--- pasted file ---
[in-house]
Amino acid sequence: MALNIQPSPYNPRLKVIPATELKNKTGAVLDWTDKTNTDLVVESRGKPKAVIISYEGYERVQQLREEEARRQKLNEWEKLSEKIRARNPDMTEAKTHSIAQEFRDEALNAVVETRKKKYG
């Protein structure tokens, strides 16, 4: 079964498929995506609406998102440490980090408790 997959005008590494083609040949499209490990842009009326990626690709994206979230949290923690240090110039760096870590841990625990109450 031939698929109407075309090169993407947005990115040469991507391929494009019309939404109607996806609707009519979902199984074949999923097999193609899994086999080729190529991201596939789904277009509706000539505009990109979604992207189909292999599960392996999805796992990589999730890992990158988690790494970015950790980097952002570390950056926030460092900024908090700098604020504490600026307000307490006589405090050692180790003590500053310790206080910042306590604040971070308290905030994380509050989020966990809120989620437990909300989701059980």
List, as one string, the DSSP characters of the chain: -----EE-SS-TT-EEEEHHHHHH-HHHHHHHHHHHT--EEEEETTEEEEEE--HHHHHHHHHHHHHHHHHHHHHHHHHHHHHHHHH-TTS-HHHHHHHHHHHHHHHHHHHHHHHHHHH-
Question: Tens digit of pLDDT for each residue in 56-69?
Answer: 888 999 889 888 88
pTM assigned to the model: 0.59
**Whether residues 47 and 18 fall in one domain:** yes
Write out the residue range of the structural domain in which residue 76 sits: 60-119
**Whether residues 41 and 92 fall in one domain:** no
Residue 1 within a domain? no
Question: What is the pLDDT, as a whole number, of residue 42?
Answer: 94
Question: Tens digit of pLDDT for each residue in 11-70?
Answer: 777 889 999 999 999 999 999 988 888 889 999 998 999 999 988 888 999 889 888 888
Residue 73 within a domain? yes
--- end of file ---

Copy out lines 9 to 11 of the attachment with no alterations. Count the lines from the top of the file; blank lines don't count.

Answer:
Write out the residue range of the structural domain in which residue 76 sits: 60-119
**Whether residues 41 and 92 fall in one domain:** no
Residue 1 within a domain? no